Before we dig into how connection tables work, it’s useful to know a little bit about where they came from. An early version of the connection table was developed by the scientific information specialist Calvin Mooers as a purposefully ineffective form of chemical representation. Mooers argued that explicit tabular representations of every atom and bond in a structural formula were not very good for either machine handling (too large and difficult to parse) or communication (too difficult to read). Ironically, the development of hardware changed this calculus and the table form is quite amenable to parsing. However, it’s useful to keep in mind that from the beginning, the virtue of connection tables was not their amenability to computation or to human interpretation, but the precision and explicitness with which they expressed chemical information.
Lesson 1: Connection tables were first and foremost about expressing chemically-meaningful information as extensively and explicitly as possible, which makes them ideal for informatics and other computing purposes.
Connection tables were first put to use in information systems at DuPont in the early 1960s. DuPont had **a lot** of chemicals and chemical information to keep track of across many divisions of the company. The connection table could be encoded by clerical workers rather than trained chemists, thereby saving company resources. One worker could number atoms (arbitrarily) and write down lists of atoms and bonds, and another worker could keypunch that list onto a punched card. Unlike systematic nomenclature or line notation, connection tables could be handled by workers who had little or no chemistry training.
Lesson 2: Connection tables express a lot of chemical information, but people without a lot of chemical training (but with the help of software) can create and work with them.
Chemical Abstracts Service partnered with DuPont to develop the connection table in the mid-1960s. CAS was in the midst of developing the Registry: a computer-based index of all compounds referred to in the literature. One part of the Registry system was the Registry Number, a record number for each compound or substance reported, in any context; the other half was the connection table, a general approach to chemical structure and relationships tied to each registry number, that related all of the compounds in the Registry structurally to one another.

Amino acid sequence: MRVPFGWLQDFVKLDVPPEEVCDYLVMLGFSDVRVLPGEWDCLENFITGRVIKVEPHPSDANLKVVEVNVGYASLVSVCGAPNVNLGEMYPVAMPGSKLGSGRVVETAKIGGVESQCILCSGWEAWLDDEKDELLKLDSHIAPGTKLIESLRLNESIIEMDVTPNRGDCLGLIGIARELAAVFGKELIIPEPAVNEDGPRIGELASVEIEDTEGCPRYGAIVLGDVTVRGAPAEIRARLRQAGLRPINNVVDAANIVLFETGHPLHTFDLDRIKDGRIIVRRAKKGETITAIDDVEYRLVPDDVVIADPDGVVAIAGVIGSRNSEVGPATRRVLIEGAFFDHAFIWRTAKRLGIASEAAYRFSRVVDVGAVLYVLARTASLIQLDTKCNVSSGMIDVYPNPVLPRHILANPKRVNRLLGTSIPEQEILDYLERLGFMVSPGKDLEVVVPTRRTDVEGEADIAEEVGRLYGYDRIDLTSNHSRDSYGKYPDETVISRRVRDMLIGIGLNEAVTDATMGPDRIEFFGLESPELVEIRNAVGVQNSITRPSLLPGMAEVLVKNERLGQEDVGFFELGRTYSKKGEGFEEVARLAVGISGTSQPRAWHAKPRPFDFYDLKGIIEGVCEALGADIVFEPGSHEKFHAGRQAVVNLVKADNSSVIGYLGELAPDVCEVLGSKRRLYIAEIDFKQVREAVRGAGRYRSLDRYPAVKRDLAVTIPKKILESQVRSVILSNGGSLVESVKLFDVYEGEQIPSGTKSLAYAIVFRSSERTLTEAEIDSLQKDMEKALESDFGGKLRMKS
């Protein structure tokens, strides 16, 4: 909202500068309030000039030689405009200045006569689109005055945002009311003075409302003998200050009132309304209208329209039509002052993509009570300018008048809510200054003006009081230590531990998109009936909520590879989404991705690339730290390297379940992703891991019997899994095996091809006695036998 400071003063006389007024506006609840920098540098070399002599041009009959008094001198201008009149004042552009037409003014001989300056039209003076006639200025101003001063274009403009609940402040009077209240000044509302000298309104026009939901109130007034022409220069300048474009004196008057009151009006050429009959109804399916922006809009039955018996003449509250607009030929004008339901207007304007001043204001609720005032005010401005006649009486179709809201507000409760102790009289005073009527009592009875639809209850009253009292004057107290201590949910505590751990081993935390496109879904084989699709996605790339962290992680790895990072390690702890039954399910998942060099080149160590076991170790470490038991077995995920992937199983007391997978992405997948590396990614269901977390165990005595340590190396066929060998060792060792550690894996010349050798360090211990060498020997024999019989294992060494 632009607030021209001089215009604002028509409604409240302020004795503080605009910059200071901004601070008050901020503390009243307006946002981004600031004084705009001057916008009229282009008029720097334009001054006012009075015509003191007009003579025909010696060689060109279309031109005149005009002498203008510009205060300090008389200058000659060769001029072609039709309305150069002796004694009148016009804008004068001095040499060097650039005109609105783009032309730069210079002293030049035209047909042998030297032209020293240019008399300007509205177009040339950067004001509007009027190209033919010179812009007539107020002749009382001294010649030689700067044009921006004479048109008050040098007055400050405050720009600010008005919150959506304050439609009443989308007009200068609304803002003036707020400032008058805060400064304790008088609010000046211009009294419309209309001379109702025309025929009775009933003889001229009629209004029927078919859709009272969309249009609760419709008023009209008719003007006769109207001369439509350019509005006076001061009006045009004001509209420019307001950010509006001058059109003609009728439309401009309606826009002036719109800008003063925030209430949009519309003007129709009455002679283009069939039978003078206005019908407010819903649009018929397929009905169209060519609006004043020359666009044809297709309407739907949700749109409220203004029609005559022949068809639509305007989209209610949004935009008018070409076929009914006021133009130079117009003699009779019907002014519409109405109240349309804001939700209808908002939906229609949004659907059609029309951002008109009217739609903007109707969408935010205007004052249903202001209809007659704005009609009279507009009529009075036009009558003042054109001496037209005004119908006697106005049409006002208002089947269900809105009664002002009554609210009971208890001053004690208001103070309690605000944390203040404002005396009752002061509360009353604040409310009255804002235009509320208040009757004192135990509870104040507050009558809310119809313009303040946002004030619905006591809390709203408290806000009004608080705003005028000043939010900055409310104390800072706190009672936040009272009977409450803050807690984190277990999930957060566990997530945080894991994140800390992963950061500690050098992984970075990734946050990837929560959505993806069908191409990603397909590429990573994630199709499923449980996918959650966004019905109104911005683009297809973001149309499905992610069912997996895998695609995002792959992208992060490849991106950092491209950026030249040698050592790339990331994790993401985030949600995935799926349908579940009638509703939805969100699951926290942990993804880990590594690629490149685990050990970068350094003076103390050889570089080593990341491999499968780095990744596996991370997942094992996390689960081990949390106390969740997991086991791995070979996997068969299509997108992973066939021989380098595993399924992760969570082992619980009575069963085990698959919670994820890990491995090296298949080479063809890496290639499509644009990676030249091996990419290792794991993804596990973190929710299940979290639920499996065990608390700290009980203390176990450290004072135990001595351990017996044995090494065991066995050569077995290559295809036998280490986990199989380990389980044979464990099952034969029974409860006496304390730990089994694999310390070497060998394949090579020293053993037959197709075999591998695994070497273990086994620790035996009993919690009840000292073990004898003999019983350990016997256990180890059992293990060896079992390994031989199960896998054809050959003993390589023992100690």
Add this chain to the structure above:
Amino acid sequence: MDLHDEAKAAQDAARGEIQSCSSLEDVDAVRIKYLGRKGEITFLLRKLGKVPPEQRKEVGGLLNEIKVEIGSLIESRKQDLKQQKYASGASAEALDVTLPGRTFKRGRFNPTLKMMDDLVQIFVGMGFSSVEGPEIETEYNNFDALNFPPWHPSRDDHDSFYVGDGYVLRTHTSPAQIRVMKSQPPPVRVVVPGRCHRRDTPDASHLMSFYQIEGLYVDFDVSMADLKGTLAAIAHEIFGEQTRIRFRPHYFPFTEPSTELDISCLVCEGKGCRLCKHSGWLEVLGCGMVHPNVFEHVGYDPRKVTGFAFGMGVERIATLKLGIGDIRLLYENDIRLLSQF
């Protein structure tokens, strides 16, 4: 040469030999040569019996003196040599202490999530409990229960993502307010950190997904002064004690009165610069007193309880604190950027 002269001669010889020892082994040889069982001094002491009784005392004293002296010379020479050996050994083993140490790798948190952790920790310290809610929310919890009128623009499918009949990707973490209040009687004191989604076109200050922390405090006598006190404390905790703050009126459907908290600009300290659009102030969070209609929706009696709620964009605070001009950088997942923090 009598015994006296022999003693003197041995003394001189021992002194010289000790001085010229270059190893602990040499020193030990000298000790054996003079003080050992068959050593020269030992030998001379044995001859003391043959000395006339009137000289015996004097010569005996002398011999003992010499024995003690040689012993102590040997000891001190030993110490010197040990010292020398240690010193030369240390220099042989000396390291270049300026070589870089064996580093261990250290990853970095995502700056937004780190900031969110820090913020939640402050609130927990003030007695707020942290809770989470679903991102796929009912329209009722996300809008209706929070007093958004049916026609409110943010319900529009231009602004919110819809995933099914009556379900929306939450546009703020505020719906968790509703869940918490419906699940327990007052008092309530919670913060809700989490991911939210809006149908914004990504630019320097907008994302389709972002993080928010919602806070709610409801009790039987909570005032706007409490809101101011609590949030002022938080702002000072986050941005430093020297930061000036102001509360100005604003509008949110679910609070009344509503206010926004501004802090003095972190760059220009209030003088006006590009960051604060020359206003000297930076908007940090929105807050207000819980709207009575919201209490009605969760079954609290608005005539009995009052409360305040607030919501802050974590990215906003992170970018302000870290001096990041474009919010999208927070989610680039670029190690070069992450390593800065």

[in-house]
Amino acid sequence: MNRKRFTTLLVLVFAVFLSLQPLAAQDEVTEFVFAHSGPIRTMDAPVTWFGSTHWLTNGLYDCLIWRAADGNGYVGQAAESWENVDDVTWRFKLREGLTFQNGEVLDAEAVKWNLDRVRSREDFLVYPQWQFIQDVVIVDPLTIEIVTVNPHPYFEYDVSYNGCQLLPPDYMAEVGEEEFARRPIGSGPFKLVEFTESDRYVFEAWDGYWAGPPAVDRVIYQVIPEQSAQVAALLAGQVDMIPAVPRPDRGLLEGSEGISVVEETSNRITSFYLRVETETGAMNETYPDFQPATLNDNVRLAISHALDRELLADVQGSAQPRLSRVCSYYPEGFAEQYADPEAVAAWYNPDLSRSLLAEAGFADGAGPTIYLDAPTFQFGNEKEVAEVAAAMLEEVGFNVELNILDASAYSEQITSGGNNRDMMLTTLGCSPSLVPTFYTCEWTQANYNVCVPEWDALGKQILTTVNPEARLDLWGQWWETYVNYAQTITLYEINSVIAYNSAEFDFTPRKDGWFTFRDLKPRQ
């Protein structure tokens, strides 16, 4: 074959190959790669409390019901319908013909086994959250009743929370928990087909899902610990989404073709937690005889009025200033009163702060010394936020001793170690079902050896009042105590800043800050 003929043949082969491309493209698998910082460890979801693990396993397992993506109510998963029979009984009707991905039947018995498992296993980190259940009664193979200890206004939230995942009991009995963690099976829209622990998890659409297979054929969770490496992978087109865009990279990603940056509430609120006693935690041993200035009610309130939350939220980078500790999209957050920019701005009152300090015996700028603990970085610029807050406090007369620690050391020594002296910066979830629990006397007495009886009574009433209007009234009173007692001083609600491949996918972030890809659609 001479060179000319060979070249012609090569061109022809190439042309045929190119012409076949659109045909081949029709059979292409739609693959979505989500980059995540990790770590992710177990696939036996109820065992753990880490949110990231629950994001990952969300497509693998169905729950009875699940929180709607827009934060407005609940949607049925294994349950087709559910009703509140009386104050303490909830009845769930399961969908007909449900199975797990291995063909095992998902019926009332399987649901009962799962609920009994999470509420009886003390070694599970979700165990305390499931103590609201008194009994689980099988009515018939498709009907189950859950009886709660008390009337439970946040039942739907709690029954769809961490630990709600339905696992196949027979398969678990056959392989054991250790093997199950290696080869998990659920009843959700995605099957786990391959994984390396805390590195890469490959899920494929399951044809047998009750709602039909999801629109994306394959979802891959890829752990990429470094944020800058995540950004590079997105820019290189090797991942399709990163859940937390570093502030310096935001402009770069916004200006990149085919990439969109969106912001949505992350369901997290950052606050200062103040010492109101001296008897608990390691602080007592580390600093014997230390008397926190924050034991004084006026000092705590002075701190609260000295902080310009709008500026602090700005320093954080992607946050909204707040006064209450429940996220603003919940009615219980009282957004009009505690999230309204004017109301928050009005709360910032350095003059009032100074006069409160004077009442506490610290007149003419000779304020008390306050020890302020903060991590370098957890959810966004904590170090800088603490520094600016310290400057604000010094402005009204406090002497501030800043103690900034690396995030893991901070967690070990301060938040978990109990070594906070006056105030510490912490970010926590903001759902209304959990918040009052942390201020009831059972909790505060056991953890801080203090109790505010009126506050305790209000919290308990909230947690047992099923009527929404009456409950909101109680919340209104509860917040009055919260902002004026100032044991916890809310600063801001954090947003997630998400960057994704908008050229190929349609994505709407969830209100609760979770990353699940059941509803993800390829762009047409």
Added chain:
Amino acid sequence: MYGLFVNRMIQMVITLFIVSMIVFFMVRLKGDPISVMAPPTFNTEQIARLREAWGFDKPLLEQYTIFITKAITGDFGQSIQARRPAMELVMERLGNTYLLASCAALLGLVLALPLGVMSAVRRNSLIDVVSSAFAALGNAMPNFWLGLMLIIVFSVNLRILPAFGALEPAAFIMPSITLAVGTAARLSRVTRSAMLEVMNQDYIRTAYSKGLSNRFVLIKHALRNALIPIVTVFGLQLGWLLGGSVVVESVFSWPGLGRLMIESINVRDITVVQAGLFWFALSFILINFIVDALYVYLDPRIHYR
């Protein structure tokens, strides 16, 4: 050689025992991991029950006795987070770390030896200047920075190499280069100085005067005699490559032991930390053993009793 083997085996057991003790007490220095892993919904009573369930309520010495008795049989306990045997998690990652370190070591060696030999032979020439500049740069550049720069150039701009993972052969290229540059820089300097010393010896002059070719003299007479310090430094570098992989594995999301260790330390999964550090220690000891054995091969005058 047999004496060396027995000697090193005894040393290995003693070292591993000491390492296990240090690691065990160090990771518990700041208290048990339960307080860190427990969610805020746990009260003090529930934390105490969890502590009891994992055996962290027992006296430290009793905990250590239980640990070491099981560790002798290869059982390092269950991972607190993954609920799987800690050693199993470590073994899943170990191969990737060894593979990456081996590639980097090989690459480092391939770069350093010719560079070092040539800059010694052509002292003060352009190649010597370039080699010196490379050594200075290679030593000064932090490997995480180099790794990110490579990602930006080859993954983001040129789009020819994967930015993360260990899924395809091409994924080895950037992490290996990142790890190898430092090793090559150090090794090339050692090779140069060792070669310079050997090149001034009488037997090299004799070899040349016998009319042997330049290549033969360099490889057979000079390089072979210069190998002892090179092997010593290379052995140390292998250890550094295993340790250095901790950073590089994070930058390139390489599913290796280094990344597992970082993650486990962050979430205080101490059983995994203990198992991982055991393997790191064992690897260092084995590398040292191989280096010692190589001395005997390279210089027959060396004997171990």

Lesson 3: Connection tables were originally developed for the primary purpose of recordkeeping within a very large, but contained chemical data bank.
These three lessons are useful to keep in mind as you delve into cheminformatics:
- Don’t expect connection tables to be especially elegant or compact;
- Be alert for chemically naïve uses and results;
- Watch out for divergent conventions to start popping up when you deal with connection tables outside of well-defined and curated settings.
Perhaps most importantly, connection tables represent the machine part of human-machine interactions around chemical structures. Connection tables are applied in conjunction with database ID numbers, systematic names, and line notation that are designed for managing communication with humans. In order for connection tables and these various identifiers to serve their complementary purposes as well as possible (tracking structural relationships and locating specific compounds, respectively), we need reliable interfaces to connect these two forms of chemical representation.
A Simplified Connection Table
As a starting point, this section will introduce a simplified form of connection table, which we’ll call an “SCT”. This SCT does not correspond directly to any existing file format (at least as far as we know!). Rather, it is a convenient model that we will use just for the purpose of this demonstration.
Like most connection table formats, our SCT is made up of two tables: an atom table and a bond table.
Our atom table will consist of two fields: one an index number identifying the atom we’re talking about, one indicating atom type (i.e. C, H, O, N, etc.).
Our bond table will consist of three fields: two indicating the two atoms that the bond connects, and one indicating the bond order (1=single, 2=double, 3=triple).
As an example, take isopropyl alcohol. SCT I is a connection table representing this compound – or, more specifically, representing this structural formula.